Why is lighting so important for a successful sustainability initiative?
Daniel: Lighting consumes more energy than you might think. According to the Global Lighting Challenge, the lighting of cities, households, industries and office premises account for 15% of our global electricity consumption and 5% of global greenhouse gas emissions – more than double the emissions of global air travel. An overnight global transition LED lamps would avoid 801 Mt of CO₂ emissions, equivalent to displacing 684 coal-fired power plants around the world. The transition to energy-efficient lighting could be one of the most significant short-term sustainability initiatives. Though, I find it extremely important that we do not confine ourselves with just replacing light sources. Changing to LEDs is only the first step. By connecting energy efficient light sources to intelligent lighting controls we can boost the effect. Studies recently carried out in collaboration between Fagerhult, Swedish researchers and public authorities show that lighting control can reduce energy savings by, for example, a further 40% in an outdoor installation. (Read more at page 26.)
Henrik: It is also relevant not to reduce the discussion on lighting and sustainability to a question of energy and money. Reduced energy consumption automatically implies a positive impact on the environment, but one must not forget the human aspects. New intense light sources require accurate lighting control to avoid glare and flicker. By using lighting control systems we can also make better use of the opportunities that the new lighting technology offers. Creating healthier and more inspiring environments, outdoors and indoors.
Daniel Unosson, Product & Application Manager at Fagerhult.
What’s the significance of human centric lighting in this context?
Henrik: Light affects us both physically and biologically – and you’ll find the explanation to this seven million years back in time. For about six million years, our ancestors lived on the savannah in central Africa. That’s where our visual system evolved. The daylight on the African savannah is bluish and it was in this light that our ancestors hunted and collected. It became, and is still perceived as, our ”working light”. A million years ago, humans learned to control fire. The safe, warm light from the fire had a profound impact on our perception and became our ”dialogue light”. An intimate light that reflects our faces in a pleasant way, when gathered around the fire to talk. Relaxing and comforting. With the help of control systems and tunable light, we can use this knowledge to influence people’s energy levels and well-being, which is another interesting aspect of sustainability. You can create working environments in which individuals have the opportunity to influence the light based on their feelings and the duties to be performed. People become happier, more alert and perform better. The research also shows that we sleep better if we get the opportunity to spend our days in the right kind of light – and as we all know, sleep is extremely important for health. The big challenge is to get society to understand that Human Centric Lighting actually works and is of significant importance.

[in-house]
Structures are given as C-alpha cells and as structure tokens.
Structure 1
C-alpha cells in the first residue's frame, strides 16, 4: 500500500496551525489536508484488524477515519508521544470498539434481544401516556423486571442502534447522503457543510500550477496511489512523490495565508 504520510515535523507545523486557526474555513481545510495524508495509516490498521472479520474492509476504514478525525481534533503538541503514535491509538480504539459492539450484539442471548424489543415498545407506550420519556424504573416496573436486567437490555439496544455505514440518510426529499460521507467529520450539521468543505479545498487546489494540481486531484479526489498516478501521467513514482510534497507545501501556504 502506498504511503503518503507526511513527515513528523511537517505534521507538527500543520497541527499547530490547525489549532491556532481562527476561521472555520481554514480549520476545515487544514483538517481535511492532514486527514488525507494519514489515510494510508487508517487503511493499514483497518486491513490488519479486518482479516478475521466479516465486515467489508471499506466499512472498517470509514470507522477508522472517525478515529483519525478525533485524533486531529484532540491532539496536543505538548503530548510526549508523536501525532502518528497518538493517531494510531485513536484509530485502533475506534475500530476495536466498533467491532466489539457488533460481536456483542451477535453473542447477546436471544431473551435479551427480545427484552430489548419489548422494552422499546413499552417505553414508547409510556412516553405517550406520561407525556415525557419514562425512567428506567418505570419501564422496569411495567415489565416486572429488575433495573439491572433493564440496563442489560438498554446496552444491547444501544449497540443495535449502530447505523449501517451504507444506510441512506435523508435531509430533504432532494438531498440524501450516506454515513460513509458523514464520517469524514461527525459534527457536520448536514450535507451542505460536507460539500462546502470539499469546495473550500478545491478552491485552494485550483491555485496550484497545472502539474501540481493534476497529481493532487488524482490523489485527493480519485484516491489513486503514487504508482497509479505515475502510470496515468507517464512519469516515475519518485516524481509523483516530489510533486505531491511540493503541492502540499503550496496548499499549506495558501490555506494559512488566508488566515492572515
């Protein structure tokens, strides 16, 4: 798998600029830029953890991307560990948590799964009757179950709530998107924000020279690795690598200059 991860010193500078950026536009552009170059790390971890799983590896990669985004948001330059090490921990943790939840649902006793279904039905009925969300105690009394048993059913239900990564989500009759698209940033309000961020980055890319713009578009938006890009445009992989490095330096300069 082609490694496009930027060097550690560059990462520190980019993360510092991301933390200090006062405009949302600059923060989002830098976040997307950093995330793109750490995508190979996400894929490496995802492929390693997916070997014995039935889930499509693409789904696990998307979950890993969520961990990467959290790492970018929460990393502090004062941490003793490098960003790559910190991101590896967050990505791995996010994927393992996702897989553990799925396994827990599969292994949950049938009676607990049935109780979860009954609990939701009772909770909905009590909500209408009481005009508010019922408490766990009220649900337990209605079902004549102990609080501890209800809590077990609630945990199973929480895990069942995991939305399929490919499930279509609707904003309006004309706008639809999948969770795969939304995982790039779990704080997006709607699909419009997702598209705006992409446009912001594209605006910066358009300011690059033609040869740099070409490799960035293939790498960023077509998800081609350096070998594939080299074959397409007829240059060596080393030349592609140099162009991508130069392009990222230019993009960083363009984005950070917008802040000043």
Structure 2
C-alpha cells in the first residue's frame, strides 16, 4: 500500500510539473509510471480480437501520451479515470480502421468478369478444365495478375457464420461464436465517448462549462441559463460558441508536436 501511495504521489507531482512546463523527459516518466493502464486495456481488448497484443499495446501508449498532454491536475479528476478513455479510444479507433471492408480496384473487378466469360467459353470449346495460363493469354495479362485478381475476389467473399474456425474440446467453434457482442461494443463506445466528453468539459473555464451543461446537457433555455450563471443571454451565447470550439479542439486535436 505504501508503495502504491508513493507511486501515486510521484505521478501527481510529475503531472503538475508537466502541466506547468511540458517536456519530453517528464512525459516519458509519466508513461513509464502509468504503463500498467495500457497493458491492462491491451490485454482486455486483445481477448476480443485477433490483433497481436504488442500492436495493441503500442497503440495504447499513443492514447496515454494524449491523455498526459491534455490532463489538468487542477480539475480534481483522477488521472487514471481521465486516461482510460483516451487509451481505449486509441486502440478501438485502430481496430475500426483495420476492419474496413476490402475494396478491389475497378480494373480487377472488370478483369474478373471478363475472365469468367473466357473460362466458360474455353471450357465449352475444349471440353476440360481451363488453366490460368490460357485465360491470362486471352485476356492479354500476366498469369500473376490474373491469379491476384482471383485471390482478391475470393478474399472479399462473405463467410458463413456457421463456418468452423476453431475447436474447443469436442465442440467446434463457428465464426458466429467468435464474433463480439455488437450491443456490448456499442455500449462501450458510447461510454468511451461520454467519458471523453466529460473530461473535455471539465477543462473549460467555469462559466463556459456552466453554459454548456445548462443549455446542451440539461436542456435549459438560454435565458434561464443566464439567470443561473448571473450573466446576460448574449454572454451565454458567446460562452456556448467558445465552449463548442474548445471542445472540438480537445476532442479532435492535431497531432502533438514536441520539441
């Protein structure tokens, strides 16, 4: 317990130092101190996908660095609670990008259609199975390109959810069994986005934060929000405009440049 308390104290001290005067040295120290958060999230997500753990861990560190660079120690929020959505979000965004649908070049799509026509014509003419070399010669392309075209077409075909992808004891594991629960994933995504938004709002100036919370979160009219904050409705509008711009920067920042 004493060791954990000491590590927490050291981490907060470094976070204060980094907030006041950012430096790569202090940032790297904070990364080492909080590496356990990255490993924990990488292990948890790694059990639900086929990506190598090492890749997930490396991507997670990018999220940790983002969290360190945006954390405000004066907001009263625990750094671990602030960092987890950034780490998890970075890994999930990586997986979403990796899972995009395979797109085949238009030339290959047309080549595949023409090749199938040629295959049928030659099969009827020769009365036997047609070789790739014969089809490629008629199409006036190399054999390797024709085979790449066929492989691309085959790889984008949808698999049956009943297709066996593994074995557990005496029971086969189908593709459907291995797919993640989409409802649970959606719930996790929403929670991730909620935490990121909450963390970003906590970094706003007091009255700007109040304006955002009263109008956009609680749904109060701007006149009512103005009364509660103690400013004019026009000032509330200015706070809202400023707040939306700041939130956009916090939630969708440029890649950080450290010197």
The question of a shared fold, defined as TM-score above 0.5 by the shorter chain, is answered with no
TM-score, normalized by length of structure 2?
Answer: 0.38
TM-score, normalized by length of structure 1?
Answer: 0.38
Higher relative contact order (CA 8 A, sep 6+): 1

Henrik Clausen, Head of Research Fagerhult Lighting Academy.
Why is lighting control important from a sustainability perspective?
Henrik: Whether it is about saving energy or Human Centric Lighting, technology must be used – and used in the right way. A common problem in the history of lighting control, is its complexity. People don’t understand how to use it. Instead they override it or simply turn it off. Actually, there are studies showing that approximately 3% of the existing light control facilities are fully and optimally used, because users do not know how to handle them!
Daniel: This is a great challenge for the lighting industry; to create better and more user-friendly lighting control systems. A control system should be intuitive – much like a water tap. Up and down to increase or decrease the flow. Right and left to change from hot to cold. When people understand how it works, and the benefits of lighting controls, they will also start using the technology. I believe that communities and businesses using lighting control will benefit from a stronger brand. People find it attractive to live in cities, and to work for employers who can offer better living and working environments.
What are the key trends in lighting control?
Daniel: Personality and simplicity! The possibility to easily control the lighting based on personal premises will have a huge impact on people’s working environments. New systems will be easier to handle, not just for the end users, but also to install and program. The latter through clever plug and play-solutions. Connectivity and interoperability will be considered important in order to create more sustainable solutions.
Henrik: Yes, in the future I think we’ll be better to cross-collaborate with other industries, integrating our different control systems. For example, today lighting is often controlled via one system and shades via another. This practically means that when the sun visor goes down, the sensors of the lighting control systems are triggered to raise the light levels. So, instead of taking advantage of daylight, we end up using more energy. Kind of non-intelligent and not sustainable at all!
Text: Amelie Bergman
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